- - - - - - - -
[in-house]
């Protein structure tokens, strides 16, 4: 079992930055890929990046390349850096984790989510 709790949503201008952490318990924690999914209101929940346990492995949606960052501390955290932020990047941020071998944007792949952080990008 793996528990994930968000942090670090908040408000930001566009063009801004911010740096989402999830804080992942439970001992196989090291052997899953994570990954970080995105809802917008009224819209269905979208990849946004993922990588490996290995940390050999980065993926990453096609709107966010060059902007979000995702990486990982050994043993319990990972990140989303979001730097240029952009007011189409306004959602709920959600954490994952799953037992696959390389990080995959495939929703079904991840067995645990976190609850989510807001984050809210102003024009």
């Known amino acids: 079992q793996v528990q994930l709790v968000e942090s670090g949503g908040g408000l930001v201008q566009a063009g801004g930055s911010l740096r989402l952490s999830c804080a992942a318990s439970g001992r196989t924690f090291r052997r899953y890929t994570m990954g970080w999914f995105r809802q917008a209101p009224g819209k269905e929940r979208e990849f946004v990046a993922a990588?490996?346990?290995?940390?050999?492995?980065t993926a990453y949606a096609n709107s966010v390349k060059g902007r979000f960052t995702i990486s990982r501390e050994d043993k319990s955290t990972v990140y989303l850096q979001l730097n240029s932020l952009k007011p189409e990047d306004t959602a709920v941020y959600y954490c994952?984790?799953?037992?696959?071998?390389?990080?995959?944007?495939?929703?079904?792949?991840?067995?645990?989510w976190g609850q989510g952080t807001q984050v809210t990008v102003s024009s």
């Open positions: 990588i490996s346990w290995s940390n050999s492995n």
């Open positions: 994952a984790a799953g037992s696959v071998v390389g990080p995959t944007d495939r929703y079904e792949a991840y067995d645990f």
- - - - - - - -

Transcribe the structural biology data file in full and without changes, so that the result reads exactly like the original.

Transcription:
[in-house]
């Protein structure tokens, strides 16, 4: 079992930055890929990046390349850096984790989510 709790949503201008952490318990924690999914209101929940346990492995949606960052501390955290932020990047941020071998944007792949952080990008 793996528990994930968000942090670090908040408000930001566009063009801004911010740096989402999830804080992942439970001992196989090291052997899953994570990954970080995105809802917008009224819209269905979208990849946004993922990588490996290995940390050999980065993926990453096609709107966010060059902007979000995702990486990982050994043993319990990972990140989303979001730097240029952009007011189409306004959602709920959600954490994952799953037992696959390389990080995959495939929703079904991840067995645990976190609850989510807001984050809210102003024009």
């Known amino acids: 079992q793996v528990q994930l709790v968000e942090s670090g949503g908040g408000l930001v201008q566009a063009g801004g930055s911010l740096r989402l952490s999830c804080a992942a318990s439970g001992r196989t924690f090291r052997r899953y890929t994570m990954g970080w999914f995105r809802q917008a209101p009224g819209k269905e929940r979208e990849f946004v990046a993922a990588?490996?346990?290995?940390?050999?492995?980065t993926a990453y949606a096609n709107s966010v390349k060059g902007r979000f960052t995702i990486s990982r501390e050994d043993k319990s955290t990972v990140y989303l850096q979001l730097n240029s932020l952009k007011p189409e990047d306004t959602a709920v941020y959600y954490c994952?984790?799953?037992?696959?071998?390389?990080?995959?944007?495939?929703?079904?792949?991840?067995?645990?989510w976190g609850q989510g952080t807001q984050v809210t990008v102003s024009s």
């Open positions: 990588i490996s346990w290995s940390n050999s492995n």
């Open positions: 994952a984790a799953g037992s696959v071998v390389g990080p995959t944007d495939r929703y079904e792949a991840y067995d645990f």